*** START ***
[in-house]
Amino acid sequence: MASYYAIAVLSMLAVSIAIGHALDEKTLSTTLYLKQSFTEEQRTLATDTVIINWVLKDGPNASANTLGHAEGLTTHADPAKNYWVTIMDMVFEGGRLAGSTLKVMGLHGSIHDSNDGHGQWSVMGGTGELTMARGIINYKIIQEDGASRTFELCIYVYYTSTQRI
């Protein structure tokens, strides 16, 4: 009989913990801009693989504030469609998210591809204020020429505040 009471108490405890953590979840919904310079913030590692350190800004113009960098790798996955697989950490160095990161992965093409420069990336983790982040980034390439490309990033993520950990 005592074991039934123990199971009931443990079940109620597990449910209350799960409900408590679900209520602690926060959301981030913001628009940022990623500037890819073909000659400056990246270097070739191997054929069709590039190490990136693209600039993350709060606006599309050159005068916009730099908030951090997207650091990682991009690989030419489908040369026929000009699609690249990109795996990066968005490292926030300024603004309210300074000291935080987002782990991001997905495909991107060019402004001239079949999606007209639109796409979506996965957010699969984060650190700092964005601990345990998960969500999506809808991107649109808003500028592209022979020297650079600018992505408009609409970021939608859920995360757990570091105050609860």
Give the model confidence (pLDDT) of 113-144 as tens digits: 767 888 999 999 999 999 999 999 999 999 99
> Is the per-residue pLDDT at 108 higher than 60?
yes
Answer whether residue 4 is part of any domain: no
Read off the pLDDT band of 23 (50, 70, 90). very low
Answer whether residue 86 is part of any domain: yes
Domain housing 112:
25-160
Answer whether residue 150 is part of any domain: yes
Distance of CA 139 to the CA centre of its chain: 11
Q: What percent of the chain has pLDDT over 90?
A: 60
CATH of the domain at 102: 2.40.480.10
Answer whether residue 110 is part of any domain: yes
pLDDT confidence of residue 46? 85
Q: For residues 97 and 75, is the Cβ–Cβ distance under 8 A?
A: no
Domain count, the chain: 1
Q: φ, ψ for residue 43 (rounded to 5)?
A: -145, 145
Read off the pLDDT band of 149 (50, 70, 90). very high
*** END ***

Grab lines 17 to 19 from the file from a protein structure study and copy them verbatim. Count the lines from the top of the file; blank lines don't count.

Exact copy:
Answer whether residue 110 is part of any domain: yes
pLDDT confidence of residue 46? 85
Q: For residues 97 and 75, is the Cβ–Cβ distance under 8 A?